Too much, too soon:          

Its definitely me

It’s definitely me

The rawness in my tone was never meant to bruise you
The arrow in my eyes was never meant to pierce you
My melancholic demeanour was not donned to distance you
If I sought solitude, it was certainly not to stay away from you

My dear daughter
How shall I aver
This empty noise
That threatens my poise?

I couldn’t do that or become this
Very few feats,
Whose trophies I dare kiss
Yet, the ones to be done steal the bliss

Enter the mundane, all pervading, but inane
Schooling, bills, relatives and kiln
And you dear, will come, with issues a hundred and one
When all I want is to be left alone

I scream and I yell
And the look on your unblemished face will tell
The truth I don’t want to see
That the one who has erred is not you, but definitely me

Its definitely me

Five Paisa Sugar Candy

I was rich when I would spend five paisa, grew poorer when I could spend fifty rupees and poorest perhaps, when I could 500.

If you are a product born to the 70s India, to a class sandwiched between rich and dirt poor and attended a singularly sub-standard school, you would know what I mean. Five paisa would give us the delightful experience of a confectionary. A candy, lemon flavoured (Nimbe Huli peppermint for all Kannada aficionados).

There was this wonderful midget of a shop tucked away in a discreet corner in our school premises. It was simply called ‘Society’. The ‘Society” sold books, stationery, cloth for our dull-as-dodo uniform, brown wrappers and the lovely candies. Five paisa candies came in such colours and shapes as round and bean-shaped and star-shaped in taupe, orange, white, and green and pink.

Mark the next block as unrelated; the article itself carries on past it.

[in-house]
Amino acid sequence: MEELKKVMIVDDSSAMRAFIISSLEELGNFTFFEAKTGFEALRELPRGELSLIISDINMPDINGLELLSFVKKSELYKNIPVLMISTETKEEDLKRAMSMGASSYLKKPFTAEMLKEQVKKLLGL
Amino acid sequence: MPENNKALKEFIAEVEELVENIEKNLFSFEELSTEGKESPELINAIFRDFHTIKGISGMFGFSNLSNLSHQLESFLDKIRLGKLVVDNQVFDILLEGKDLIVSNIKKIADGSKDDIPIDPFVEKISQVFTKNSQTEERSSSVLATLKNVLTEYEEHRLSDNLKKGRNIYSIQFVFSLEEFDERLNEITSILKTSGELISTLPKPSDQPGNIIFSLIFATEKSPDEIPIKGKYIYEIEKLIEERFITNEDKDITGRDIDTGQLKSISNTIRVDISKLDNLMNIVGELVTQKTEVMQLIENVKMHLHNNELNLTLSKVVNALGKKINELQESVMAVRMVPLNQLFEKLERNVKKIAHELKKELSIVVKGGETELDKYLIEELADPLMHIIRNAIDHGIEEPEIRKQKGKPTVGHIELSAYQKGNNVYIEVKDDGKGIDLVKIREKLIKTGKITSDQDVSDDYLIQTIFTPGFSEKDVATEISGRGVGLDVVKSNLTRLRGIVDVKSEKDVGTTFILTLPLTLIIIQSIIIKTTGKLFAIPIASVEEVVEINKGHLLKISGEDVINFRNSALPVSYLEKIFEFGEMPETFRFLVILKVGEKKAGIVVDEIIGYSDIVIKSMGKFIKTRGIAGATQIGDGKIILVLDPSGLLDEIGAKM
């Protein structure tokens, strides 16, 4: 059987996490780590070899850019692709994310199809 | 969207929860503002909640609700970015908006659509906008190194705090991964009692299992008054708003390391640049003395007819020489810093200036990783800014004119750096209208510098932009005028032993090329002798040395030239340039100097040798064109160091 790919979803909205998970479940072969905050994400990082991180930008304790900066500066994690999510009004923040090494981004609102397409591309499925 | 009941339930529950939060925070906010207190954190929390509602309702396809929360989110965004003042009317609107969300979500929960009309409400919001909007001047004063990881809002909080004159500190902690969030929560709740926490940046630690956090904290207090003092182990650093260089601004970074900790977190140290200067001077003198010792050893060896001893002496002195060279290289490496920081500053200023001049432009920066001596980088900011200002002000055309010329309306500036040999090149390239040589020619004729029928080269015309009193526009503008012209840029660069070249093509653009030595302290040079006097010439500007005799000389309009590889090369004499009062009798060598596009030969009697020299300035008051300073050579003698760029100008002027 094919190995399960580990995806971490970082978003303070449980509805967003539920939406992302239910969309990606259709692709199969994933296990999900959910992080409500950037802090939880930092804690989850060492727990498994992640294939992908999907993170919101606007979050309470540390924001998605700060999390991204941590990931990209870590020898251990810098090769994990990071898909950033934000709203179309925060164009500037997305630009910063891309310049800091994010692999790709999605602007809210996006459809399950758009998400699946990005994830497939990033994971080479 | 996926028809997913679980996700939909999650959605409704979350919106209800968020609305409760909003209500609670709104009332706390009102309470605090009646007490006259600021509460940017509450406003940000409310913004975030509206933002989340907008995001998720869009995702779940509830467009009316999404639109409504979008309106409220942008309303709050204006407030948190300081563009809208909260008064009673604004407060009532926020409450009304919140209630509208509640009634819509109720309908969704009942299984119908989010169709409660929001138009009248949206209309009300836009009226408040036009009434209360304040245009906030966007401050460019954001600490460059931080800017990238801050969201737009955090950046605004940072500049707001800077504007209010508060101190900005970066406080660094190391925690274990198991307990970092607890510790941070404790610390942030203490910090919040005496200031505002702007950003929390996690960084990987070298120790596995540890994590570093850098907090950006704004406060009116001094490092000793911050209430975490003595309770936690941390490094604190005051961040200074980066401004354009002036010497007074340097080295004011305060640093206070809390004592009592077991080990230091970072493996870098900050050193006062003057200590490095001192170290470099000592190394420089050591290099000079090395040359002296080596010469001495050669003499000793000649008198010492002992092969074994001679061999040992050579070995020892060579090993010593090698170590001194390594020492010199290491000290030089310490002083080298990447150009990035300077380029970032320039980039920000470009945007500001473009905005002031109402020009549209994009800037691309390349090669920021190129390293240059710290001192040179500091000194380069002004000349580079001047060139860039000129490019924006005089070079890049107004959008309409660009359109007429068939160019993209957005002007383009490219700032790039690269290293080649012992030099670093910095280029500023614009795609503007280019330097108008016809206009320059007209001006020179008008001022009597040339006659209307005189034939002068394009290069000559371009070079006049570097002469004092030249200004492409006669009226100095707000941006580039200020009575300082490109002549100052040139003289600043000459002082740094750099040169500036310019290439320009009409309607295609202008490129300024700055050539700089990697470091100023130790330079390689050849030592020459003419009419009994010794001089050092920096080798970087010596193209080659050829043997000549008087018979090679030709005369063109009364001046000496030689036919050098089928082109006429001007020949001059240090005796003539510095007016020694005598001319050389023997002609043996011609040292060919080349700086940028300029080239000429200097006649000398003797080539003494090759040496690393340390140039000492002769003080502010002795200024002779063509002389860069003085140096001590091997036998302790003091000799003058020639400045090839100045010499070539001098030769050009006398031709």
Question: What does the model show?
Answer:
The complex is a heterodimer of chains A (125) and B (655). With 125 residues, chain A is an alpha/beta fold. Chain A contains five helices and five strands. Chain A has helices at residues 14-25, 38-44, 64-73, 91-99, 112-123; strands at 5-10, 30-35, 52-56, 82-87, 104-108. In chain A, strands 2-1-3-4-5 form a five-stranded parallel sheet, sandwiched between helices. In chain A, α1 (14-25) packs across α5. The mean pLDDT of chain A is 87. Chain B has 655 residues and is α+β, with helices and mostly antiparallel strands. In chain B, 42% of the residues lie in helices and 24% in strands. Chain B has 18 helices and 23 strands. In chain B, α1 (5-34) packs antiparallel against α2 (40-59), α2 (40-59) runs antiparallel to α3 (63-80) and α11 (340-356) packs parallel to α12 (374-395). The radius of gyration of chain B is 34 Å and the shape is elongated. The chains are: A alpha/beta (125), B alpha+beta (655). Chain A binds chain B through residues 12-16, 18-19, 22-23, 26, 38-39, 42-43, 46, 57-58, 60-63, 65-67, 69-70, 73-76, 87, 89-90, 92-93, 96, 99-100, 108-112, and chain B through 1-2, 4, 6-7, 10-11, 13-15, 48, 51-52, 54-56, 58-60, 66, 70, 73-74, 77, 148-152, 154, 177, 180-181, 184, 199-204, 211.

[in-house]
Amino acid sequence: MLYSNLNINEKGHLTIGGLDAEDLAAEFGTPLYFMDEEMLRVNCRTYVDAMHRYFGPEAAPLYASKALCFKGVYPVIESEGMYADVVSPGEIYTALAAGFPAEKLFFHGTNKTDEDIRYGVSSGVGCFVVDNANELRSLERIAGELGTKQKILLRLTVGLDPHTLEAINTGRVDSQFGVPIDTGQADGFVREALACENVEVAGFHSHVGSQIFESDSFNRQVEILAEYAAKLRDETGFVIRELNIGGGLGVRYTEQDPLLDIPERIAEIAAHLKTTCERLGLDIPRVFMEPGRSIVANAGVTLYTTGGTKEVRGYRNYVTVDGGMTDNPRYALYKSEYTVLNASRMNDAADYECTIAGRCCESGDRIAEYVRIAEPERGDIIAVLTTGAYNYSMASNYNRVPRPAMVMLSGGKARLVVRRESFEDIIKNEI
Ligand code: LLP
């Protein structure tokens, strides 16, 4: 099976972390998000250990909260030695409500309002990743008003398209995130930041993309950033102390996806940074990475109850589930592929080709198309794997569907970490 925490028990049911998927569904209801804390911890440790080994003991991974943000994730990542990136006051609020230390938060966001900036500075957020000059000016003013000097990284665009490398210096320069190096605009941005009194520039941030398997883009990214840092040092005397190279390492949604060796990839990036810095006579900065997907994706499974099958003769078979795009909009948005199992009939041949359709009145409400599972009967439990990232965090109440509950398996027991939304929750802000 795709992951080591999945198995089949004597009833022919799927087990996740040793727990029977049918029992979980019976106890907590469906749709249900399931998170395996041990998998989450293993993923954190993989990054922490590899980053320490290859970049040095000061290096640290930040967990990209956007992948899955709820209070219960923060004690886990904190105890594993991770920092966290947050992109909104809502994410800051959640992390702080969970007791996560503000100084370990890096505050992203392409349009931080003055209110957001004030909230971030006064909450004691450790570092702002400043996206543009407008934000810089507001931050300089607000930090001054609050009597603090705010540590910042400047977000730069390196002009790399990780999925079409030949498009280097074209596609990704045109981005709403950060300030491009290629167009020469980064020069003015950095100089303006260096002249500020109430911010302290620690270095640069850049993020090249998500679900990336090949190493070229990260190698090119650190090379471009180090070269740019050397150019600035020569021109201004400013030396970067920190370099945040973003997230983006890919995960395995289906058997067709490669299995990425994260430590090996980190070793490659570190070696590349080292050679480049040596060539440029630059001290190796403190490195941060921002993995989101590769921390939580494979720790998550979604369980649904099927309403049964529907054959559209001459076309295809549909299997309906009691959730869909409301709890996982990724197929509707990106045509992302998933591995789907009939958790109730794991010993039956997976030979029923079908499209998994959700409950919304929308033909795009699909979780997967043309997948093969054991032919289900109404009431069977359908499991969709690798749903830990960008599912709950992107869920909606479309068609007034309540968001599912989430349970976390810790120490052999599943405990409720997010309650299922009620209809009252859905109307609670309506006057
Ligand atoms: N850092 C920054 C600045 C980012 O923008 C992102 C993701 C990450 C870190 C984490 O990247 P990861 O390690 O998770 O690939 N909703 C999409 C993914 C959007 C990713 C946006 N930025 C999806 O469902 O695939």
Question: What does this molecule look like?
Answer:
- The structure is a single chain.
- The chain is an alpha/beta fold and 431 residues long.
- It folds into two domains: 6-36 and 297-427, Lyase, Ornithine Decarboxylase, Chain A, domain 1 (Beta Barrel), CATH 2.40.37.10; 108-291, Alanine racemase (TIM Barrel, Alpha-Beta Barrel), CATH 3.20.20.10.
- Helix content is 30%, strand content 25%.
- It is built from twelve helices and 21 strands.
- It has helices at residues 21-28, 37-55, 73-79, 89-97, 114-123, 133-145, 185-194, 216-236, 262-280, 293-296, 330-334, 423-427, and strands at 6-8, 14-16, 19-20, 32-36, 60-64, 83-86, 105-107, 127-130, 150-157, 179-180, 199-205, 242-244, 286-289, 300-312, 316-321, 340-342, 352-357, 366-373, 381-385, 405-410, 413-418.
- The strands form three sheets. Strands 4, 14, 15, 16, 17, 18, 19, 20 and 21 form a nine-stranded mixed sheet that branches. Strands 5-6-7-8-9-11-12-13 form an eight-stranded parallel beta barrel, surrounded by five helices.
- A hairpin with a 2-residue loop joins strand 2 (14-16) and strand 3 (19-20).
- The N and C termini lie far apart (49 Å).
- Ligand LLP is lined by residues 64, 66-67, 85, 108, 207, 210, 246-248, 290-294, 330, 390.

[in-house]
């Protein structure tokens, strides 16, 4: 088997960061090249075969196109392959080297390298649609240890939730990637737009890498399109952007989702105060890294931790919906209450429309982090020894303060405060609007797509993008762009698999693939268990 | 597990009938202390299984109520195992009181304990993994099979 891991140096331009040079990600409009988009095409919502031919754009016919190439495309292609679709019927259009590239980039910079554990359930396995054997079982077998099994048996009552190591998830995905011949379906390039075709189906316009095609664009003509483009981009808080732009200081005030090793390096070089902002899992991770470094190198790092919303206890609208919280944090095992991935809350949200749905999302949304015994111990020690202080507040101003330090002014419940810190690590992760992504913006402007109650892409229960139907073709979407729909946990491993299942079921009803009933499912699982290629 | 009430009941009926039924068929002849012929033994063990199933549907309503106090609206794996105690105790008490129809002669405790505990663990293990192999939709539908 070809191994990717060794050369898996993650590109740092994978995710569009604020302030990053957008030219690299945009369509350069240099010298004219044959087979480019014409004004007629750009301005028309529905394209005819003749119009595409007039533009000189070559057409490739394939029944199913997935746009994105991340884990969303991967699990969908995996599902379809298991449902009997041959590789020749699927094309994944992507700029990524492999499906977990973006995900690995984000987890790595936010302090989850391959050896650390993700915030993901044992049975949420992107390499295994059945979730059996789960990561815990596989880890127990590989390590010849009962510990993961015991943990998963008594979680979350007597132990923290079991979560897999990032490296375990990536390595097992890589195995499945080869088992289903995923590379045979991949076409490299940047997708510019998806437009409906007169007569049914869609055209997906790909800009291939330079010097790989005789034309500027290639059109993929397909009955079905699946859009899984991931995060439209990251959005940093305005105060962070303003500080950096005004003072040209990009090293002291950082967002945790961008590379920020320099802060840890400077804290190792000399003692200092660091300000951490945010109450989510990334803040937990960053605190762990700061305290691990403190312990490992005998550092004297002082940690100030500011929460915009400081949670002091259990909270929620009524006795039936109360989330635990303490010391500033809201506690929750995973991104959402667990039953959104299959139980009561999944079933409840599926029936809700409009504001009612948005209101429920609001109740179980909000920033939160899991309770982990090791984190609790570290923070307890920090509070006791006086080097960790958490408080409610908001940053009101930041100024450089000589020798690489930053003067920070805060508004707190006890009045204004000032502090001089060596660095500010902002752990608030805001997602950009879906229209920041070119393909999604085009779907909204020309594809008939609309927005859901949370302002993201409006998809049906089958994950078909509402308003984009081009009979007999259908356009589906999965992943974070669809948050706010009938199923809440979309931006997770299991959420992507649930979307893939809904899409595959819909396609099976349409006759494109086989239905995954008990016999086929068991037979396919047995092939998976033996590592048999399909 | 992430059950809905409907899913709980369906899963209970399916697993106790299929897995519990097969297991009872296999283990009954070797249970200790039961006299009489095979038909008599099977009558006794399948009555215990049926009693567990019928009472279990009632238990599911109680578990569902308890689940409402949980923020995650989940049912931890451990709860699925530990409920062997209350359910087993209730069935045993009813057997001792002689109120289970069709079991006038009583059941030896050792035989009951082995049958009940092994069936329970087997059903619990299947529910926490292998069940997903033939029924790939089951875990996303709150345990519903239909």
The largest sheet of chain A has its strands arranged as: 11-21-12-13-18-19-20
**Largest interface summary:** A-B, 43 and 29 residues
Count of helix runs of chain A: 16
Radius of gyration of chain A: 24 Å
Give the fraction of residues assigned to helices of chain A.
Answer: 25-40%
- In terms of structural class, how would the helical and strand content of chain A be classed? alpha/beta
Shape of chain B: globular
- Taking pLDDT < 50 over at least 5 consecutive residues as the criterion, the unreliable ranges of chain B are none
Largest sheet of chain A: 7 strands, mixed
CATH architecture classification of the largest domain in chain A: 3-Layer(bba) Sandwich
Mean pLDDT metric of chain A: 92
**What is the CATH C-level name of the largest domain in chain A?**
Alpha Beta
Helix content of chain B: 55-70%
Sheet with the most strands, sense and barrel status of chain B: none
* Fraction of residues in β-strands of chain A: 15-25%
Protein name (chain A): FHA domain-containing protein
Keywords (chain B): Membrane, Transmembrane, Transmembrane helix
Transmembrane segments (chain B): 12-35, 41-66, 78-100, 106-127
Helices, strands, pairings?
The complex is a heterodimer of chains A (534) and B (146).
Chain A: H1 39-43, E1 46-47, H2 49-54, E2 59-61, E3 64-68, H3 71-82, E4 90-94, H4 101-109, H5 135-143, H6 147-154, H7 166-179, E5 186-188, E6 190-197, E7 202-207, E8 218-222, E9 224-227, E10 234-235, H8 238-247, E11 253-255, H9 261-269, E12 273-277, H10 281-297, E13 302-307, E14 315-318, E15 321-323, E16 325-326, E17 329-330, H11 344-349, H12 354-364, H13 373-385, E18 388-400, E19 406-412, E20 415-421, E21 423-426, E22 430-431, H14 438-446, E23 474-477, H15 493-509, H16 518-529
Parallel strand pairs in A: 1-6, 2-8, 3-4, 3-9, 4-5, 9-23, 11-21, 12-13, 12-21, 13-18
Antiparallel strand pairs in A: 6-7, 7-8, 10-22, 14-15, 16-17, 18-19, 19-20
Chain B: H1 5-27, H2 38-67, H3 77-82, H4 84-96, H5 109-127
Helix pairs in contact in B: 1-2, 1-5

With five paisa, one could haul three sugar candies. There was also the surreal toy-candy, a yo-yo of sorts, if you will. This was a white/green/pink confectionary about 1.5cm across and 0.4mm thick, through which a long woollen thread passed through two holes in the middle.

So, if you were boorish enough to make it known your possession of easy money, you bought this yo-yo candy. A child could play with it until she/he lost the battle of eyes and fingers to the command of the tongue.

For the audacious spoilt brats there was also the fifty-paisa paal-khova (a milk and flour sweet which melted even before it fully went into the mouth). You had to be indecently rich for that. Or enter into collaboration with three more students. However, this partnership very frequently culminated into how the sweet had to be divided and sub-divided and sub-sub-divided into how many pieces and why one should get half a piece more or less or not at all etc, resulting in the breakdown of an otherwise profitable module.

Nevertheless, there were always willing partners for your next venture. I had my own faithfuls with whom I collaborated on a regular basis. When we had free time or during lunch recesses, we visited this shop whenever our pockets would permit us.

In retrospect, there is this grateful thought that the little, rhombus-ish five paisa never failed to deliver. To deliver contentment, to deliver happiness, to deliver the joys of sharing, of forging bonds.

I wonder why the present day 5000 fails where a humble five paisa so beautifully succeeded.

Five Paisa Sugar Candy